Study of Orally Disintegrating Tablets Using Erythritol as an Excipient Produced by Moisture-Activated Dry Granulation (MADG)

Mizuki Yamada, Agata Ishikawa, Shun Muramatsu, Takayuki Furuishi, Yoshinori Onuki, Kaori Fukuzawa, Etsuo Yonemochi

Research output: Contribution to journalArticlepeer-review

1 Citation (Scopus)


Moisture-activated dry granulation (MADG) is an eco-friendly granulation method that uses a small amount of water and insoluble excipients to absorb moisture. MADG is expected to improve productivity and reduce costs. Erythritol, an excipient used for preparing orally disintegrating tablets (ODTs), has poor tabletability and is difficult to form into tablets by conventional methods, such as high-shear granulation (HSG) and direct compression. In this study, we optimized the manufacturing conditions for ODTs to improve the tabletability of erythritol using MADG. The disintegration time of tablets made using the MADG method was approximately one-tenth that of those made using the HSG method, and the hardness was approximately 1.4 times higher. Moreover, MADG could delay disintegration and improve tabletability. We further attempted to optimize the manufacturing conditions using MADG, particularly in terms of the amount of water used. The disintegration time increased as the amount of added water increased. Moreover, water absorption tests revealed that capillary wetting decreased as the amount of water added increased, but the initial wetting did not change. These results suggested that the disintegration time was prolonged because of the increase in granule density and decrease in capillary wetting with the increase in the amount of added water. The hardness of the tablets increased because of the easy deformation of the granules after the addition of up to 3% water; however, when more than 3% water was added, the hardness decreased because of the aggregation of the granules with the excess water. Finally, two-dimensional maps of the effect of the amount of added water and water activity indicated that tablets with a hardness of ≥80 N and a disintegration time of ≤15 s could be produced by adjusting the amount of added water to within the range of 2.2–3.3% and water activity to 0.3–0.53. These results indicate that MADG can improve the tabletability of erythritol and be used for the granulation of ODTs. Tablets with appropriate hardness and disintegration properties can be produced by adjusting the water content to approximately 2.7% and the water activity to approximately 0.4 when producing ODTs with MADG.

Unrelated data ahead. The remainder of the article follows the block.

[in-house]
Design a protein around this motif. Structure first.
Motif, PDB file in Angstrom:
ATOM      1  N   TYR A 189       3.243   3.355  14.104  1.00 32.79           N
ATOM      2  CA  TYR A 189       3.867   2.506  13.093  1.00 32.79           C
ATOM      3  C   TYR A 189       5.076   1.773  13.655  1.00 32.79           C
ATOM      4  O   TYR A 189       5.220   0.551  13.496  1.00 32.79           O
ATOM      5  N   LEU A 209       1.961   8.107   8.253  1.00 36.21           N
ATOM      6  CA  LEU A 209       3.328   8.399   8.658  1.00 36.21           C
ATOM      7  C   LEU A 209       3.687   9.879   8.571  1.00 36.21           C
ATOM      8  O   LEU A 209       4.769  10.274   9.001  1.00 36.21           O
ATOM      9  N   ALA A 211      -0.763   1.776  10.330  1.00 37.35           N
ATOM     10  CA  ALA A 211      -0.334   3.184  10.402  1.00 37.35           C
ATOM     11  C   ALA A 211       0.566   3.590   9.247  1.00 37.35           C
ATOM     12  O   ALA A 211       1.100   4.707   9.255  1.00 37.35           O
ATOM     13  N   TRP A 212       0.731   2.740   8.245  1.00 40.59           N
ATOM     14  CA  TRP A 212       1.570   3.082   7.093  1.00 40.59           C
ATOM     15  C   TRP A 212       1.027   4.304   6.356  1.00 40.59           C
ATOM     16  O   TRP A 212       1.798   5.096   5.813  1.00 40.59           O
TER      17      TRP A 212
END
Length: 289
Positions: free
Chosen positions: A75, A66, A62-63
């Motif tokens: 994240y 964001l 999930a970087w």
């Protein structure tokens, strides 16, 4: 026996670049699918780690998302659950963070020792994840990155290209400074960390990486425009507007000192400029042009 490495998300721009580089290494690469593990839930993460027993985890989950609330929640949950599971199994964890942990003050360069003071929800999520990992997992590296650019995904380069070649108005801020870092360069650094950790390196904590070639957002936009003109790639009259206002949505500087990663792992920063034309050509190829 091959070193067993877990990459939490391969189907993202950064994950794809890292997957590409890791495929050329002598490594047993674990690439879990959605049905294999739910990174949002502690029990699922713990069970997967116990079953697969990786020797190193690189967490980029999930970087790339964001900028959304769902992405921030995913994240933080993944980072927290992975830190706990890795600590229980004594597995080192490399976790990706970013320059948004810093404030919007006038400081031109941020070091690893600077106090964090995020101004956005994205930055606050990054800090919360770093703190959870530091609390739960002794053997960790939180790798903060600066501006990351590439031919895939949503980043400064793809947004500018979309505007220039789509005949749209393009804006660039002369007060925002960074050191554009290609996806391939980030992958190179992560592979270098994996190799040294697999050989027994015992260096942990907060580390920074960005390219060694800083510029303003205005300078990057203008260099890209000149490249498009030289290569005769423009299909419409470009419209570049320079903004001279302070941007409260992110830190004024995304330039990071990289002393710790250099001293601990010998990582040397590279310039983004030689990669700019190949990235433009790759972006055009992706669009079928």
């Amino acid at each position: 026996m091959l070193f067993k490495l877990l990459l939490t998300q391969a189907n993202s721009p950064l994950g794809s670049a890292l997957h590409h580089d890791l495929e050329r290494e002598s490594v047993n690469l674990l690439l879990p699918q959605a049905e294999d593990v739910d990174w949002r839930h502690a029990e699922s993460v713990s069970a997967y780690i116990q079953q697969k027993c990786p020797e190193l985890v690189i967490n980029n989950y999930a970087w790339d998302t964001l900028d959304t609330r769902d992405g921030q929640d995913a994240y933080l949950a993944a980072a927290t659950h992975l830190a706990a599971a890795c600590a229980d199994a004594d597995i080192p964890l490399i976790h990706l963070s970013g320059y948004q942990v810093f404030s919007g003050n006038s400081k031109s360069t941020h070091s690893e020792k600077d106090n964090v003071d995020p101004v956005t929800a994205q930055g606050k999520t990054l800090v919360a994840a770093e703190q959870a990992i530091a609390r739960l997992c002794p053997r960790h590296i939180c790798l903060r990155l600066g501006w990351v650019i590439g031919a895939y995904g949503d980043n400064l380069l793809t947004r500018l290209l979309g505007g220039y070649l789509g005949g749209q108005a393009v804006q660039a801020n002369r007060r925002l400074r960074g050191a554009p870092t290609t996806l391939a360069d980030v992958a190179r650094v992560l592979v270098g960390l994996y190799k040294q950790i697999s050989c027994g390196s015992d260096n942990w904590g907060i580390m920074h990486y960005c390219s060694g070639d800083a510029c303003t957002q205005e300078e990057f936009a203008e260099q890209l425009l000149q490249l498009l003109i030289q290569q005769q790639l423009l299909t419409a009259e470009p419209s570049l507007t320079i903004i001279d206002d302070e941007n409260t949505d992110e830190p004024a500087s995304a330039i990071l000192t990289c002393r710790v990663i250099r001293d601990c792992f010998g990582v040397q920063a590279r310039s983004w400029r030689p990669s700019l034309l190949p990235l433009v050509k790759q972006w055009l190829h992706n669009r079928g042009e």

Original languageEnglish
Article number1004
Issue number8
Publication statusPublished - 2022 Aug
Externally publishedYes


  • disintegration
  • erythritol
  • moisture-activated dry granulation
  • orally disintegrating tablet
  • water activity

ASJC Scopus subject areas

  • Molecular Medicine
  • Pharmaceutical Science
  • Drug Discovery


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